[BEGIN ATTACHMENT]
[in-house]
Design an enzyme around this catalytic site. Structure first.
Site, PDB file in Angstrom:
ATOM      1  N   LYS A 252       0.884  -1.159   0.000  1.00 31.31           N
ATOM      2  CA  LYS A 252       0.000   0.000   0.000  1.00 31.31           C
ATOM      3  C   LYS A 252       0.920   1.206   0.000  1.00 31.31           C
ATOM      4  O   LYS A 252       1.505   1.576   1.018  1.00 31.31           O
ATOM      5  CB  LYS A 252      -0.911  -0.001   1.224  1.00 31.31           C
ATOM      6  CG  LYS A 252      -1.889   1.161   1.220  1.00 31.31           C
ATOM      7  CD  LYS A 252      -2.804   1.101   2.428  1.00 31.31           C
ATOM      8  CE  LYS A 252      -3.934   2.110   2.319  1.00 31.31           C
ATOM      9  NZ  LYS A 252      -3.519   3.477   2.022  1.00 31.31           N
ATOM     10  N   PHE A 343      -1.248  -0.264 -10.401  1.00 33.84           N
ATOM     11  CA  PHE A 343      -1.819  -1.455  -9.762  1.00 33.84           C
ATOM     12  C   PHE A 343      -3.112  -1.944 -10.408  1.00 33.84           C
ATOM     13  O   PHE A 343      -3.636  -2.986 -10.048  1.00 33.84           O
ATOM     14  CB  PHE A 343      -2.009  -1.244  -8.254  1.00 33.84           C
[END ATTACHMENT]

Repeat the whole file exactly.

[in-house]
Design an enzyme around this catalytic site. Structure first.
Site, PDB file in Angstrom:
ATOM      1  N   LYS A 252       0.884  -1.159   0.000  1.00 31.31           N
ATOM      2  CA  LYS A 252       0.000   0.000   0.000  1.00 31.31           C
ATOM      3  C   LYS A 252       0.920   1.206   0.000  1.00 31.31           C
ATOM      4  O   LYS A 252       1.505   1.576   1.018  1.00 31.31           O
ATOM      5  CB  LYS A 252      -0.911  -0.001   1.224  1.00 31.31           C
ATOM      6  CG  LYS A 252      -1.889   1.161   1.220  1.00 31.31           C
ATOM      7  CD  LYS A 252      -2.804   1.101   2.428  1.00 31.31           C
ATOM      8  CE  LYS A 252      -3.934   2.110   2.319  1.00 31.31           C
ATOM      9  NZ  LYS A 252      -3.519   3.477   2.022  1.00 31.31           N
ATOM     10  N   PHE A 343      -1.248  -0.264 -10.401  1.00 33.84           N
ATOM     11  CA  PHE A 343      -1.819  -1.455  -9.762  1.00 33.84           C
ATOM     12  C   PHE A 343      -3.112  -1.944 -10.408  1.00 33.84           C
ATOM     13  O   PHE A 343      -3.636  -2.986 -10.048  1.00 33.84           O
ATOM     14  CB  PHE A 343      -2.009  -1.244  -8.254  1.00 33.84           C